4) The +100 and -100 lines are used in two ways. First, they can be used by the Histogram and Turbo as a sort of minor price resistance and if the values cannot get through these, it is considered weakness in that trade direction until they do so. You will notice that both of these lines are multi-coloured. They have been plotted with the ChopZone Indicator, another TradingView built-in indicator. The ChopZone is a trend identification tool that uses the slope and the direction of a 34-period to identify when price is trending or range bound. While there are ~10 different colours, the main two a trader needs to pay attention to are the turquoise/cyan blue, which indicates price is in an uptrend, and dark red, which indicates price is in a downtrend based on the slope and direction of the 34 . All other colours indicate "chop". These colours are used solely for the Zero-Line Reject and pattern trades discussed below. They are plotted both above and below so you can easily see the colouring no matter what side of the zero line the is on.
5) The +200 and -200 lines are also used in two ways. First, they are considered overbought/oversold levels where if price exceeds these lines then it has moved an extreme amount away from the average and is likely to experience a pullback shortly. This is more useful for the Histogram than the Turbo , in all honesty. You will also notice that these are coloured either red, green, or yellow. This is the Sidewinder indicator portion. The documentation on this is extremely sparse, only pointing to a "relationship between the and the 34 EMA" (see here: https://tlc.thinkorswim.com/center/refer...). Since I am not a member of Woodie's Club and never intend to be I took some liberty here and decided that the most likely relationship here was the slope of both moving averages. Therefore, the Sidewinder will be green when both the and the 34 are rising, red when both are falling, and yellow when they are not in agreement with one another (i.e. one rising/flat while the other is flat/falling). I am a big fan of Dr . Alexander Elder as those who follow me know, so consider this like Woodie's version of the Elder Impulse System. I will fully admit that this version of the Sidewinder is a guess and may not represent the real Sidewinder indicator, but it is next to impossible to find any information on this, so I apologize, but my version does do something useful anyways. This is also to be used only with the Zero-Line Reject trades. They are plotted both above and below so you can easily see the colouring no matter what side of the zero line the is on.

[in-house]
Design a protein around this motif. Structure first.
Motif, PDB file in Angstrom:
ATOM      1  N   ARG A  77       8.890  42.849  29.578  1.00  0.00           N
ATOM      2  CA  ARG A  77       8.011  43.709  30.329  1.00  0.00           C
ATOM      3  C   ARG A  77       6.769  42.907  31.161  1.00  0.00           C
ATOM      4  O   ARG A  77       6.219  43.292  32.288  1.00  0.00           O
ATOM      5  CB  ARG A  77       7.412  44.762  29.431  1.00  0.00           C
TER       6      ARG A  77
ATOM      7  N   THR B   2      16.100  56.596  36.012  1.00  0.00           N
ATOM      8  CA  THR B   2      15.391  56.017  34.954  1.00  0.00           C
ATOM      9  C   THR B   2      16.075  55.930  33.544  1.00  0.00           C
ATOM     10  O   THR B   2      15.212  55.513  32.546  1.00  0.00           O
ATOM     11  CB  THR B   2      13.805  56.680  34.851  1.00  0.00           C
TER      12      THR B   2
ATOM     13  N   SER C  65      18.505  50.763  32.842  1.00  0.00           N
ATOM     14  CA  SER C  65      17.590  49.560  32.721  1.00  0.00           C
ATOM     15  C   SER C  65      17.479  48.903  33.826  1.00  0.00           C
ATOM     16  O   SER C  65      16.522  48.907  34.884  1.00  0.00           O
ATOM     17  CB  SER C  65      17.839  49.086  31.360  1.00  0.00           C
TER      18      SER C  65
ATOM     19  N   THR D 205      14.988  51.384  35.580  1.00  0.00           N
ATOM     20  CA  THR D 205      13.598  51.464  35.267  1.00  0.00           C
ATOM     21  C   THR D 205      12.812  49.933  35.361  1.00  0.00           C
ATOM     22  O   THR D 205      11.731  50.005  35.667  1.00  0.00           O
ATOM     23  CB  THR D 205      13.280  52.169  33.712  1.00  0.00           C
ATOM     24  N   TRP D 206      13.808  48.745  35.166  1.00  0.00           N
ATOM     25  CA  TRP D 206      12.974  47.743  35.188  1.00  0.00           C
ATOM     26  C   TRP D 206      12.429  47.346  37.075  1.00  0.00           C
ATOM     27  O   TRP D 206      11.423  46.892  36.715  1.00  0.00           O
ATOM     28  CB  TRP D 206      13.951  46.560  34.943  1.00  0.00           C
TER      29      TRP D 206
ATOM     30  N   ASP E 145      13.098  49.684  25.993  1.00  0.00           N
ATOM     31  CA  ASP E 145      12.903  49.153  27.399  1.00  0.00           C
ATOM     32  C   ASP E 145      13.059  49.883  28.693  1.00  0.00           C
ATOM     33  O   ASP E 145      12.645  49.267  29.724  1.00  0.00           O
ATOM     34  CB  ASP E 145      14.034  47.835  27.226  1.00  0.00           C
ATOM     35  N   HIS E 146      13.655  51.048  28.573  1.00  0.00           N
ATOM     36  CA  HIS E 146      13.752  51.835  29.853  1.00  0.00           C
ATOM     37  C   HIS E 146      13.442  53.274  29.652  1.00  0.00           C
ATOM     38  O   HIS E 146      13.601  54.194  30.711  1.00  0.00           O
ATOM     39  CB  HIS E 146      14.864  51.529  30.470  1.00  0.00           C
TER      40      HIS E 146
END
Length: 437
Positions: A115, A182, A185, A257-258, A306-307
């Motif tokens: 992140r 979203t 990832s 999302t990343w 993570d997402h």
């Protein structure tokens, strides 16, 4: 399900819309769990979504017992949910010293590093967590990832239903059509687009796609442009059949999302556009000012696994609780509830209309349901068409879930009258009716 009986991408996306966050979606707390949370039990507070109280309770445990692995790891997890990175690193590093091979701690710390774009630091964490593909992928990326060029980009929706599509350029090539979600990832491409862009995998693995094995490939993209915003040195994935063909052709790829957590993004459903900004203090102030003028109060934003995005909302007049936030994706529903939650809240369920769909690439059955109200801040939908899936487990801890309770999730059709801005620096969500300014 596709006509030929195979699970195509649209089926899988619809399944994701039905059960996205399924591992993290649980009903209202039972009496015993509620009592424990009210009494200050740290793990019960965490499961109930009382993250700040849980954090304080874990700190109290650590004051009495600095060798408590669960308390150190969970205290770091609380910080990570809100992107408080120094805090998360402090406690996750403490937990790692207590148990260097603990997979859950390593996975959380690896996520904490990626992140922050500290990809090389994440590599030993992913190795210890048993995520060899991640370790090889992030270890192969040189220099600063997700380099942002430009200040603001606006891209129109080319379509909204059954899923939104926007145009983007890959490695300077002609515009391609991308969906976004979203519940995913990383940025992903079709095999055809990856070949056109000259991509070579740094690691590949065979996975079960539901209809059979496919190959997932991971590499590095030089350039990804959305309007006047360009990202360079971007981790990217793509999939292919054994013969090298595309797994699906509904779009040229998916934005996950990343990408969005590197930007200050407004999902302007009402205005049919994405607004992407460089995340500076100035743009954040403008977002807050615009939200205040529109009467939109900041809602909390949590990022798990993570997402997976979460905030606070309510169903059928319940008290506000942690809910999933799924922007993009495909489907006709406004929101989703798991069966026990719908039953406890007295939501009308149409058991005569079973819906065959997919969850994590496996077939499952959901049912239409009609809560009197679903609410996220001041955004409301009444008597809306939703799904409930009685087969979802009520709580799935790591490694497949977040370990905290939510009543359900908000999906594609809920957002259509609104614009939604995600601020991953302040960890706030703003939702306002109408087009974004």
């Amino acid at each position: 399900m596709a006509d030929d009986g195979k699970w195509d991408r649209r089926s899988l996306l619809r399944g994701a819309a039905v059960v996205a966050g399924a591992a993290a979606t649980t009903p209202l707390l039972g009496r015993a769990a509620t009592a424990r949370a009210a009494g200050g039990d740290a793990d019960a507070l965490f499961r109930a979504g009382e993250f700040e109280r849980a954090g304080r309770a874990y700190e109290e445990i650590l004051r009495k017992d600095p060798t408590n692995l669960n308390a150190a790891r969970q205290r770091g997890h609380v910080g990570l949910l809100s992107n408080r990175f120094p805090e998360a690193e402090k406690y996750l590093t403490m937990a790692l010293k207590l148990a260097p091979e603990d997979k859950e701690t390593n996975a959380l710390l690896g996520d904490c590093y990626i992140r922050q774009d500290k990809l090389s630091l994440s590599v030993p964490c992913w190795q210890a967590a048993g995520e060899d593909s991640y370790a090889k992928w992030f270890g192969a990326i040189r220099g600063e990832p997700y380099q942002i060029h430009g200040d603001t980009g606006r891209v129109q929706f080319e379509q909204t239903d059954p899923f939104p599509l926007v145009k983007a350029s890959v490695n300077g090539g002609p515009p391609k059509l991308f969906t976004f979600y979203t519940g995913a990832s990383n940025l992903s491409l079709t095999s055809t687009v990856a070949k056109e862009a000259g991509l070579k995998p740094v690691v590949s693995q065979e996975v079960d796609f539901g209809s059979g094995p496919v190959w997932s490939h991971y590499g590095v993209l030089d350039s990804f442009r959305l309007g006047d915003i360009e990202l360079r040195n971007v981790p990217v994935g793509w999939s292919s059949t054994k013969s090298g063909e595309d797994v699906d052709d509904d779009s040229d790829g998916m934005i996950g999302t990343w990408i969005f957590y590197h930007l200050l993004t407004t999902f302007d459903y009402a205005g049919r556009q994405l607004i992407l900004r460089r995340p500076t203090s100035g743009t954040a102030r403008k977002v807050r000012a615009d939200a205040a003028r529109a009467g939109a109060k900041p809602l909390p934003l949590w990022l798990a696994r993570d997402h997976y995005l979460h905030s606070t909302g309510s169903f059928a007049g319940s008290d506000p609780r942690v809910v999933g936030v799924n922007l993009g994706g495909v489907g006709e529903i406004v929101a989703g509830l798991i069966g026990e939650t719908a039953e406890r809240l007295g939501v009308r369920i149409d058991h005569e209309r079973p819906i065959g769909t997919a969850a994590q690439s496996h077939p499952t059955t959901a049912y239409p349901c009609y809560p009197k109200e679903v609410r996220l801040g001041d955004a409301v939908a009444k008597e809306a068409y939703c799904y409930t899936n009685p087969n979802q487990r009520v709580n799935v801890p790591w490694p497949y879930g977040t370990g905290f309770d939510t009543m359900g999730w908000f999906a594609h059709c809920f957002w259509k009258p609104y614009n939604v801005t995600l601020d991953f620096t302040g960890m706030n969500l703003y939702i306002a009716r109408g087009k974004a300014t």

How to Trade It According to Woodie's Club:
Now that I have all of my components and history out of the way, this is what you all care about. I will only provide a brief overview of the trades in this system, but there are quite a few more detailed descriptions listed in the Woodie's Club pamphlet. I have had little success trading the "patterns" but they do exist and do work on occasion. I just prefer to trade with the flow of the markets rather than getting overly scalpy. If you are interested in these patterns, see the pamphlet here (https://www.trading-attitude.com/wp-cont...), hop into the forums and see for yourself, or check out a couple of the YouTube videos.
1) Zero line cross. As simple as any other momentum oscillator out there. When the long period crosses above or below the zero line open a trade in that direction. Extra confirmation can be had when the Turbo has already broken the +100/-100 line "resistance or support". Trend traders may wish to wait until the yellow "trend confirmation bar" has been printed.
2) Zero Line Reject. This is when the Turbo heads back down to the zero line and then bounces back in the same direction of the prevailing trend. These are fantastic continuation trades if you missed the initial entry either on the zero line cross or on the trend bar establishment. ZLR trades are only viable when you have the ChopZone indicator showing a trend (turquoise/cyan for uptrend, dark red for downtrend), the line is green for an uptrend or red for a downtrend, and the SideWinder is either green confirming the uptrend or red confirming the downtrend.
3) Hook From Extreme. This is the exact same as the Zero Line Reject trade, however, the Turbo now goes to the +100/-100 line (whichever is opposite the currently established trend) and then hooks back into the established trend direction. Ideally the HFE trade needs to have the Long Histogram above/below the corresponding 100 level and the Turbo both breaks the 100 level on the trend side and when it does break it has increased ~20 points from the previous value (i.e. Histogram = +150 with , CZ, and SW all matching up and trend bars printed on Histogram, Turbo went to -120 and bounced to +80 on last 2 bars, current bar closes with Turbo closing at +110).